PFW A/W '11 Report: Alexander McQueen

09 March 2011

Sarah Burton must have known her winter collection was a triumph from the roar of the crowd as the last model left the catwalk. She appeared, taking a modest bow, looking tired but happy. What a week it’s been. What a year!

This is only her second solo collection for the house founded by Lee Alexander McQueen. Other designers baulk at filling big shoes. But she has also had to steer the team through violent bereavement and loss of their mentor. She’s had to keep them to the punishing schedule in the difficult months following the funeral and recent first anniversary. She’s had to work while speculation about McQueen’s successor raged around her. Then, work on while speculation raged again as to whether or not she was up to the job. Then, over the past week, as she was about to unveil this collection, she has had to keep her head while the world’s press have speculated about whether or not she was designing Kate Middleton’s wedding dress. McQueen staff have been plagued at home, at work and in their Paris hotels by doorstepping reporters and on every possible telephone number, listed or unlisted.  

And still she managed to deliver a collection that was nothing short of a moment of magic.

It’s been quite a tough month in fashion. The pack has ploughed the turf from New York to Paris, on the road pretty much every day since early February, hoping to unearth something fabulous for their stores and fashion pages. And to be honest there’s been a dearth of fabulousness. But at the end of this show, the international buyers were practically tearful, and the press were on their feet.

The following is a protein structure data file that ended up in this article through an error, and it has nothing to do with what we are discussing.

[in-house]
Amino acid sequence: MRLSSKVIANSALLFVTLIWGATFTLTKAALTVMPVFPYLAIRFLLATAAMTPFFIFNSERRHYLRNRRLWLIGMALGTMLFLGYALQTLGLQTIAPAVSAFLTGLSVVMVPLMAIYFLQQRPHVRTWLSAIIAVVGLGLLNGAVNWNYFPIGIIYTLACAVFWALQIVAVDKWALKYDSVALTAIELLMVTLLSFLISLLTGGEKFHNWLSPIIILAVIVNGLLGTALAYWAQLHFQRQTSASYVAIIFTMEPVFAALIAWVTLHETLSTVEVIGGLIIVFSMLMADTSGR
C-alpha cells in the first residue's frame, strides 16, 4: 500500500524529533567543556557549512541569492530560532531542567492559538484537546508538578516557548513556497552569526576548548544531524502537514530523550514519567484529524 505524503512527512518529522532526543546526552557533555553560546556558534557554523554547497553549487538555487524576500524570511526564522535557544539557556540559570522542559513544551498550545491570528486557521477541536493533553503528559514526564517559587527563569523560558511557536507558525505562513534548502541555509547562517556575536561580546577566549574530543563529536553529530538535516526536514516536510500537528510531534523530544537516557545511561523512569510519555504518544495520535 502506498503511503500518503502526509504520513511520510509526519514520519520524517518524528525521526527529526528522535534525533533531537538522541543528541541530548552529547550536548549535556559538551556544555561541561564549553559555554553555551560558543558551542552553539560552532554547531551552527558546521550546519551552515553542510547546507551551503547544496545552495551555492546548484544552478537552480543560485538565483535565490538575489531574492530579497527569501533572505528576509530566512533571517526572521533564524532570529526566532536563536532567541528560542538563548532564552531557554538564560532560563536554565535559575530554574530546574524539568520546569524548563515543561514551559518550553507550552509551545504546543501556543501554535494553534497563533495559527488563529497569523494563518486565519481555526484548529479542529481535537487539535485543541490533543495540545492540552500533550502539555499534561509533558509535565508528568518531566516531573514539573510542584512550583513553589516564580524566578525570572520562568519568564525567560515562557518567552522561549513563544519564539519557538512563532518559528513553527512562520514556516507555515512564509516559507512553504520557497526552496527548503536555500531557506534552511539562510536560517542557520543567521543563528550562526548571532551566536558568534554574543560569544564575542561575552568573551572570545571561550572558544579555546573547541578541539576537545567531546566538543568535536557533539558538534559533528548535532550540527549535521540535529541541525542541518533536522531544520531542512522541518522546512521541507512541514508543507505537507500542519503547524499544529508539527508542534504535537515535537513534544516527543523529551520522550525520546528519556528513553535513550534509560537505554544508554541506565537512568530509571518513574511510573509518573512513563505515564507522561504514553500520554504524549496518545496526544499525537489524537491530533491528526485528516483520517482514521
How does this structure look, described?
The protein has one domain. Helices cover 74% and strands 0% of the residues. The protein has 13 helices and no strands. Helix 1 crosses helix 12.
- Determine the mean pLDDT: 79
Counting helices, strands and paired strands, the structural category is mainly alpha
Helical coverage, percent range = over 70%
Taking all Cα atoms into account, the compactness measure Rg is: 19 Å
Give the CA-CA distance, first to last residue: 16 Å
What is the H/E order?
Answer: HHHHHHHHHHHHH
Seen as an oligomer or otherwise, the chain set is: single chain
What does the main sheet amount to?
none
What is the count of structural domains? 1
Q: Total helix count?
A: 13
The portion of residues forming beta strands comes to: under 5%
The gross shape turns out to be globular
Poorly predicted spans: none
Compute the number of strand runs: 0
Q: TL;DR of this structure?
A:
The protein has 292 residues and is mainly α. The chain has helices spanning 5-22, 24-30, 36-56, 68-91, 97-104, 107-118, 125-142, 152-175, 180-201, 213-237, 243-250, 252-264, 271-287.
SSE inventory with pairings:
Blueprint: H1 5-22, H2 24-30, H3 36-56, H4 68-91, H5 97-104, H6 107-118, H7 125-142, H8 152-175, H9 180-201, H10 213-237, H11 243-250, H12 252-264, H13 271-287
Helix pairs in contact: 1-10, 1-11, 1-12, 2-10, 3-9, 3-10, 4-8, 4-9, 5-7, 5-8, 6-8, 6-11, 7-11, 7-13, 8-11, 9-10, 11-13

What is particularly brilliant about Sarah Burton is the way she manages to keep the essence of McQueen (there are lots of designers out there who have been completely bamboozled by the challenge of how to handle the dna of the house they inherited) and yet she also brings something that is distinctly her. A great McQueen show was marvelous and menacing in equal measure. Burton has brought a femininity to that potent mix which makes the clothes just as exciting but all the more desirable.

It opened with strictly tailored suits, with high necks, slim sleeves and seams picked out with the exposed teeth of metal zips. Some of them were topped with a body brace of leather straps. It sounds harsh, but there was a delicacy in wool laid in panels over chiffon so the sharpest tailoring moved like the softest evening gown. And while the leather brace had dark connotations it sat, cage like, away from the body, more like a comment about women in the world rather than an S+M contraption. The feminine curve in the coats, (cut in similarly demure high necked, full skirted shapes) was enhanced with luxurious trims of feather or fur.  

But it was the end section of gowns that brought the house down. The dark tailored looks segued into a series of white and pale lavender dresses cut again with the high neck, neat waist and full skirts that were a tumble of tiny layers of feathered chiffon. Gowns with long frothy trains had tight crystal embroidered bodices. Another, fully embroidered had a deep hem of marabou. Delicate billowy ballown sleeves of chiffon made the models look like angels as they walked.

These were dream dresses. The workmanship was worthy of any couture house. And, speculation aside, if Kate Middleton hasn’t at least considered Sarah Burton for her big day, then frankly the Buckingham Palace advisers need their heads examined.

- Paula Reed in Paris


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